Beautiful red metallic paint disappeared under a mountain of North Shore snow.

I barreled out through bumper-deep snow in our 100-yard driveway, up and over the outer lip and onto the rural road that runs straight south to the Lake, two miles away. But as soon as I got to the road itself and completed my left turn, the big and powerful Durango was brought to a halt right in the middle of the road. I tried to back up, we just spun. I tried to lurch forward, no go. Fortunately, at 6 a.m. on that Sunday morning, there no other folks were out trying to drive. I slogged back to the house and returned with two shovels, and my wife, Joan, and I went to work.

With no passes having been made by a County plow, the 29 inches made a formidable cover over the entire road. We had pushed enough snow ahead of us as we exited our driveway that it all compressed into a virtual wall that was solid enough to stop us, right in our tracks, with snow halfway up the stylish black grille. The ever-aware electronic sensors notified us that the front sensor was obscured. No kidding. It also warned us of an imminent crash on our right front, but it was only that compressed snow that our sensors mistook for a wall. For most of an hour, we shoveled snow from under the front and rear of the Durango, and from both sides of each wheel, as well as under the vehicle.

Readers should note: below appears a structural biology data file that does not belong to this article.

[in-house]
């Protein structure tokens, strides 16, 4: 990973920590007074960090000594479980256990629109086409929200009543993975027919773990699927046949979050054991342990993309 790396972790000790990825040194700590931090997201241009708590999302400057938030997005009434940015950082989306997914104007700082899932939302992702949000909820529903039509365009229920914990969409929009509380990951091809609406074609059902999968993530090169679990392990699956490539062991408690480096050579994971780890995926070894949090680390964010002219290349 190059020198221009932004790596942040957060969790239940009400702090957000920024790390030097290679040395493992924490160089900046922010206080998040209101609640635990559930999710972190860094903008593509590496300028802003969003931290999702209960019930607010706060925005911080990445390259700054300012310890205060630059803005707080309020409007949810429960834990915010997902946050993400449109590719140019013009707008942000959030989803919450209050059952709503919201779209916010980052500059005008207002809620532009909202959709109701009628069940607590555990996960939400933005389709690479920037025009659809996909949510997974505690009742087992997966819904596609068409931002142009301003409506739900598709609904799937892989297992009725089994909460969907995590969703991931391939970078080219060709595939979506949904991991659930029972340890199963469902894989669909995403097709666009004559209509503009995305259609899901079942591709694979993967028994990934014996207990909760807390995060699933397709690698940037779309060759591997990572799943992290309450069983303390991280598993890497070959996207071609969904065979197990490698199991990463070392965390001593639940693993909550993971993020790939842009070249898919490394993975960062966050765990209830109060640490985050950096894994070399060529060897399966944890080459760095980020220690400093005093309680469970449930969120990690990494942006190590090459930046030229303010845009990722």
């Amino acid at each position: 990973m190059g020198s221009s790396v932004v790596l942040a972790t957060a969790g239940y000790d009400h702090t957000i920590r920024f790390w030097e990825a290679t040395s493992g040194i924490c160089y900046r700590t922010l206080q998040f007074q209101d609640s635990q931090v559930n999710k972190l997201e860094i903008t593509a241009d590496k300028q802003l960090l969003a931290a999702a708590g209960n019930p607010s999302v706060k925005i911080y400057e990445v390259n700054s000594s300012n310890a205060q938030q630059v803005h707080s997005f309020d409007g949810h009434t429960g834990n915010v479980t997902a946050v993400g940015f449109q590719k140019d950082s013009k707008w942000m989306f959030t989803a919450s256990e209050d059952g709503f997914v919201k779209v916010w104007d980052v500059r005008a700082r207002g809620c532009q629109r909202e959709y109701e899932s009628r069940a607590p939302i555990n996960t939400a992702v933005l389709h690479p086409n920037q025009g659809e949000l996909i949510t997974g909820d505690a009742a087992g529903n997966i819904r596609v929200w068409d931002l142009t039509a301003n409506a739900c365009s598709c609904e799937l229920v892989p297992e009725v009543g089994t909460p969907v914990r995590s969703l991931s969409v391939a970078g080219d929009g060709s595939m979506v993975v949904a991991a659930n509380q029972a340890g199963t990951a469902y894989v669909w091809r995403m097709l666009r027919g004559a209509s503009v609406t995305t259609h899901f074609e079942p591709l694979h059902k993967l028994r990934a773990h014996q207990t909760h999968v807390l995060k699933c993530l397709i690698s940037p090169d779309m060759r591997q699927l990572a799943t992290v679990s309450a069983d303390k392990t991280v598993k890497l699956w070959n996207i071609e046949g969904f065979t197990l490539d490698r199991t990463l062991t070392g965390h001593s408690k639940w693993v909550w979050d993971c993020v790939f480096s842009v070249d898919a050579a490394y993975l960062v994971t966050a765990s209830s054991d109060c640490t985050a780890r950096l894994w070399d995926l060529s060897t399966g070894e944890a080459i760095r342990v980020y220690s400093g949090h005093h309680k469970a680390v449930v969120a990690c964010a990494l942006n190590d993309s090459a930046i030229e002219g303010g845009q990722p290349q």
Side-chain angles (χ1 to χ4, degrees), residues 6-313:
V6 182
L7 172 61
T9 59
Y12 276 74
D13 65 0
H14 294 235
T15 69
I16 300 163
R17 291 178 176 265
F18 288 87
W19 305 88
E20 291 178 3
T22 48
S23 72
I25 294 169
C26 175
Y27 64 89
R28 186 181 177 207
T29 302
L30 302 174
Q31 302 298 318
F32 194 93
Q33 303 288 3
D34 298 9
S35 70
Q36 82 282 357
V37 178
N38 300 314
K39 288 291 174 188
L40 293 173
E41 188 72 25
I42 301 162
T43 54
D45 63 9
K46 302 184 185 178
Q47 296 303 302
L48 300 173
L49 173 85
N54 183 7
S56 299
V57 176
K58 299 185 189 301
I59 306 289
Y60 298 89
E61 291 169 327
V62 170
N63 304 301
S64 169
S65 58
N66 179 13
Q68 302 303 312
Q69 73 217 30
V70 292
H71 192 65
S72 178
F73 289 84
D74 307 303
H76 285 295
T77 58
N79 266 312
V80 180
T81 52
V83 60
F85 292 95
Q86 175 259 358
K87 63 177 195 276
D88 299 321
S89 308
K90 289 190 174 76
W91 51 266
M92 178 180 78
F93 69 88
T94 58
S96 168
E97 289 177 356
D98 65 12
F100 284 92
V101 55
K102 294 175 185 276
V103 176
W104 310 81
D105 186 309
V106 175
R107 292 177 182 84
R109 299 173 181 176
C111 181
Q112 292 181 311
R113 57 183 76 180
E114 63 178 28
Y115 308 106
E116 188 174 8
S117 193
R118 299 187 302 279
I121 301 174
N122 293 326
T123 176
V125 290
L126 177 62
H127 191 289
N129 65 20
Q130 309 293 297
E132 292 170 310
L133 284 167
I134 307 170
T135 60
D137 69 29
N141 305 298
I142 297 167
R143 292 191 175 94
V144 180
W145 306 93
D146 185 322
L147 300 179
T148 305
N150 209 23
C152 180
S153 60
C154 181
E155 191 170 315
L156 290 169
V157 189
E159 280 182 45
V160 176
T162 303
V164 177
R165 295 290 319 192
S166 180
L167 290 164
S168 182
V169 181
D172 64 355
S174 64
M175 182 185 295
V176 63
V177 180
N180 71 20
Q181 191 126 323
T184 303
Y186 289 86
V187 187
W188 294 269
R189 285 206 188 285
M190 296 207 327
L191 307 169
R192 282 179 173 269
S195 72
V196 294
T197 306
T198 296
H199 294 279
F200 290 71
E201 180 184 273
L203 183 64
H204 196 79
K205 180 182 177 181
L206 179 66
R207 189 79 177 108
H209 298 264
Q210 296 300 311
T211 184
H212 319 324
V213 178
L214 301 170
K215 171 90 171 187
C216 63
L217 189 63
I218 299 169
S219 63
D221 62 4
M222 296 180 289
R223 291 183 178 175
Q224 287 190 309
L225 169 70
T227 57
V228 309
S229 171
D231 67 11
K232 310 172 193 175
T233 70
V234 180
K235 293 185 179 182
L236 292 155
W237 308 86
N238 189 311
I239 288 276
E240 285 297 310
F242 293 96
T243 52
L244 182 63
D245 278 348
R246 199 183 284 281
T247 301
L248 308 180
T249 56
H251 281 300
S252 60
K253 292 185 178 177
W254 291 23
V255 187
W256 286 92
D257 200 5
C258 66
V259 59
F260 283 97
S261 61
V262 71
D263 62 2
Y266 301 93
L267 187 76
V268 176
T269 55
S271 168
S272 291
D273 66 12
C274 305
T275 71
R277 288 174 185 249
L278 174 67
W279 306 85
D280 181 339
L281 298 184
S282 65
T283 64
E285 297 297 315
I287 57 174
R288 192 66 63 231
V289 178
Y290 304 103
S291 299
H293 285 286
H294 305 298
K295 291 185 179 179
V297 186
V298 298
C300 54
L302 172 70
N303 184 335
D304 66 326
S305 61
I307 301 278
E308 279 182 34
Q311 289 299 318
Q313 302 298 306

I went back to the driver-assist segment of the diagnostic screen, and after looking over 20 or 30 possible settings, I spotted one, next to last, that said, “snow.” I clicked it. Not sure if it made any difference, probably only starting us up in second gear, but it gave me a dose of confidence, and I finally was able to coax the big beast, by gently rocking forward and back a dozen times, and we edged ahead. Once we got a tiny bit of momentum I was happy we were on top of the hill, heading down.

Sleighbells ring, and Durango SRT roars, in Duluth’s winter wonderland.

The wonderfulness of all the bucket seat comfort and gadfgetry — including dragstrip launch control for the heavy-duty 8-speed automatic — was relegated to the back burner as we drove the two miles, with total whiteout conditions giving us no idea of where either side of the road might be. When I got down to the freeway, nobody was coming and I pulled out confidently, because surely the freeway that now makes up Hwy. 61 would be plowed.